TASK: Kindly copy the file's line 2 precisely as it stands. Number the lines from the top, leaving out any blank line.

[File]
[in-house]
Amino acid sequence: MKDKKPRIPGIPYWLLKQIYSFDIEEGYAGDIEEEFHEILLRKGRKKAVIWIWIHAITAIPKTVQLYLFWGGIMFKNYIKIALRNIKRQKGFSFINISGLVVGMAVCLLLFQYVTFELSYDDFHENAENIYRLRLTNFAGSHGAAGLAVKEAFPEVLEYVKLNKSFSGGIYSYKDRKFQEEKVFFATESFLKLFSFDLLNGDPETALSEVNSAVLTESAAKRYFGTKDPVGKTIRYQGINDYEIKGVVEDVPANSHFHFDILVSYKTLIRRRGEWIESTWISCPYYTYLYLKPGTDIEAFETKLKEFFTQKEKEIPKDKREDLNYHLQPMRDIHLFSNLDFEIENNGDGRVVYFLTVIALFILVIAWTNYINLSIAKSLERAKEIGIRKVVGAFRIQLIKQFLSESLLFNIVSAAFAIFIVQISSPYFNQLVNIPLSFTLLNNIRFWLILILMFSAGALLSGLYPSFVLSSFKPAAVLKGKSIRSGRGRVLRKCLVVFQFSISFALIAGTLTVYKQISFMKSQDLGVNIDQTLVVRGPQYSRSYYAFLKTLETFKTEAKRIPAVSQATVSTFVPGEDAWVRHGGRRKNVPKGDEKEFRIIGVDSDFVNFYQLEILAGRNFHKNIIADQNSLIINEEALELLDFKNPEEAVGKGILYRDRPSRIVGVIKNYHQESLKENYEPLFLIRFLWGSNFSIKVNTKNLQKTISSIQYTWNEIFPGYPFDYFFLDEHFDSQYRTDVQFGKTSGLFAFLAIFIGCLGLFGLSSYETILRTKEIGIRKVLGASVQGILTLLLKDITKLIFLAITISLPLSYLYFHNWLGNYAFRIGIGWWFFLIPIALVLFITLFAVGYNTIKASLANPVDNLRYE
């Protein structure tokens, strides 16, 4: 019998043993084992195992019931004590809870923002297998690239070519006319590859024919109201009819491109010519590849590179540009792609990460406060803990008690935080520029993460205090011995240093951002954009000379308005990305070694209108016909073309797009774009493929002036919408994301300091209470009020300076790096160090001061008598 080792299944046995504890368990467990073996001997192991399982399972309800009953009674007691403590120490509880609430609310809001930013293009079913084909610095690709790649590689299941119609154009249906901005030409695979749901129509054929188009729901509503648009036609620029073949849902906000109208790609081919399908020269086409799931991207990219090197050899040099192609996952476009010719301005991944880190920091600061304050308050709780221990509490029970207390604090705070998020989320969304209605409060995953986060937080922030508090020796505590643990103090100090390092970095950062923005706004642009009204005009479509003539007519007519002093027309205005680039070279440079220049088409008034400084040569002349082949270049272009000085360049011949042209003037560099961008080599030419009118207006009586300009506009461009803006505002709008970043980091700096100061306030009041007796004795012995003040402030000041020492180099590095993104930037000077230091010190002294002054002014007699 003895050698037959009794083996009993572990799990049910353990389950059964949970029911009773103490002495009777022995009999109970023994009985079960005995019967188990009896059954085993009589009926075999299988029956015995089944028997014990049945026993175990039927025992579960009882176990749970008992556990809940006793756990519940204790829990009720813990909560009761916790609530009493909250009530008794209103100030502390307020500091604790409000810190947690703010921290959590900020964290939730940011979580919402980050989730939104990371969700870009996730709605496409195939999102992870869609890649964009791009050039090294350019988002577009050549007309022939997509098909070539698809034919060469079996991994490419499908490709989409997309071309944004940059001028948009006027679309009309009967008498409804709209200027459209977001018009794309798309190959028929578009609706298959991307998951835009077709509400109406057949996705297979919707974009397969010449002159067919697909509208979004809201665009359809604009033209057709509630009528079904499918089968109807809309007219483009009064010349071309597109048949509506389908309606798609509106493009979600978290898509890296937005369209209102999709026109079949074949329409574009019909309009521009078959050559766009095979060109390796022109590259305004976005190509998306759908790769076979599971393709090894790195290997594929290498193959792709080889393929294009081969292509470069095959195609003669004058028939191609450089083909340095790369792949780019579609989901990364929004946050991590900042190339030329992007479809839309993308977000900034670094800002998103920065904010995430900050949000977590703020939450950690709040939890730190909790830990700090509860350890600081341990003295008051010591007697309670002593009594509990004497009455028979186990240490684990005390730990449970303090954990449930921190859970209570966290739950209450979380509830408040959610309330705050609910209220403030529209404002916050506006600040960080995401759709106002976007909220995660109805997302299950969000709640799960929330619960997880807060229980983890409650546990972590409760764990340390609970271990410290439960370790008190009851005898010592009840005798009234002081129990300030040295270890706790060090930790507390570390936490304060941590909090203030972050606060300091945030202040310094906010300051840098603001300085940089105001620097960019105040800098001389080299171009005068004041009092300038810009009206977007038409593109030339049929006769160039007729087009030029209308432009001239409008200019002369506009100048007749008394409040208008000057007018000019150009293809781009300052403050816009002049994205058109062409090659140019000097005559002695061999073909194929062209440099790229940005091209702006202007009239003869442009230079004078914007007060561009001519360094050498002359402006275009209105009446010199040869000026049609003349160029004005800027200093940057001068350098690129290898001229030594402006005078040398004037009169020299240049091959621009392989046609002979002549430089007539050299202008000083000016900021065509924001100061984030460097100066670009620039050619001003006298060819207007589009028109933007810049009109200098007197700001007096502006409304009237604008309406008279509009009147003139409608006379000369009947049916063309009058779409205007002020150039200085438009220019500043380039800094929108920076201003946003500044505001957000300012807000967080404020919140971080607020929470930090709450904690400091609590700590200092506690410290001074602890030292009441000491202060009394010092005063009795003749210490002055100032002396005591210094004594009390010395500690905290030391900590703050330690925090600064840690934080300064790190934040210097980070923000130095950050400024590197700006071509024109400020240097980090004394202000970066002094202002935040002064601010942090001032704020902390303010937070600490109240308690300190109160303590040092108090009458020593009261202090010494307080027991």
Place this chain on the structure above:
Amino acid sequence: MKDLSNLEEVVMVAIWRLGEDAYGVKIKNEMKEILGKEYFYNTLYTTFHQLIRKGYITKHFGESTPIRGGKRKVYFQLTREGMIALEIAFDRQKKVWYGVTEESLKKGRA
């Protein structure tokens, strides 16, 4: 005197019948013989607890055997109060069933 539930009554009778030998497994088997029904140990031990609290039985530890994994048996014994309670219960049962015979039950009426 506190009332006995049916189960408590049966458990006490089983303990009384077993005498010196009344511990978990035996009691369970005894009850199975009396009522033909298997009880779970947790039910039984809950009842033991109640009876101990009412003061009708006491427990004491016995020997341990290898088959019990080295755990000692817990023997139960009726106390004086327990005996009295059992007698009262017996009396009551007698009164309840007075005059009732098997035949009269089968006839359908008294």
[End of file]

Amino acid sequence: MKDKKPRIPGIPYWLLKQIYSFDIEEGYAGDIEEEFHEILLRKGRKKAVIWIWIHAITAIPKTVQLYLFWGGIMFKNYIKIALRNIKRQKGFSFINISGLVVGMAVCLLLFQYVTFELSYDDFHENAENIYRLRLTNFAGSHGAAGLAVKEAFPEVLEYVKLNKSFSGGIYSYKDRKFQEEKVFFATESFLKLFSFDLLNGDPETALSEVNSAVLTESAAKRYFGTKDPVGKTIRYQGINDYEIKGVVEDVPANSHFHFDILVSYKTLIRRRGEWIESTWISCPYYTYLYLKPGTDIEAFETKLKEFFTQKEKEIPKDKREDLNYHLQPMRDIHLFSNLDFEIENNGDGRVVYFLTVIALFILVIAWTNYINLSIAKSLERAKEIGIRKVVGAFRIQLIKQFLSESLLFNIVSAAFAIFIVQISSPYFNQLVNIPLSFTLLNNIRFWLILILMFSAGALLSGLYPSFVLSSFKPAAVLKGKSIRSGRGRVLRKCLVVFQFSISFALIAGTLTVYKQISFMKSQDLGVNIDQTLVVRGPQYSRSYYAFLKTLETFKTEAKRIPAVSQATVSTFVPGEDAWVRHGGRRKNVPKGDEKEFRIIGVDSDFVNFYQLEILAGRNFHKNIIADQNSLIINEEALELLDFKNPEEAVGKGILYRDRPSRIVGVIKNYHQESLKENYEPLFLIRFLWGSNFSIKVNTKNLQKTISSIQYTWNEIFPGYPFDYFFLDEHFDSQYRTDVQFGKTSGLFAFLAIFIGCLGLFGLSSYETILRTKEIGIRKVLGASVQGILTLLLKDITKLIFLAITISLPLSYLYFHNWLGNYAFRIGIGWWFFLIPIALVLFITLFAVGYNTIKASLANPVDNLRYE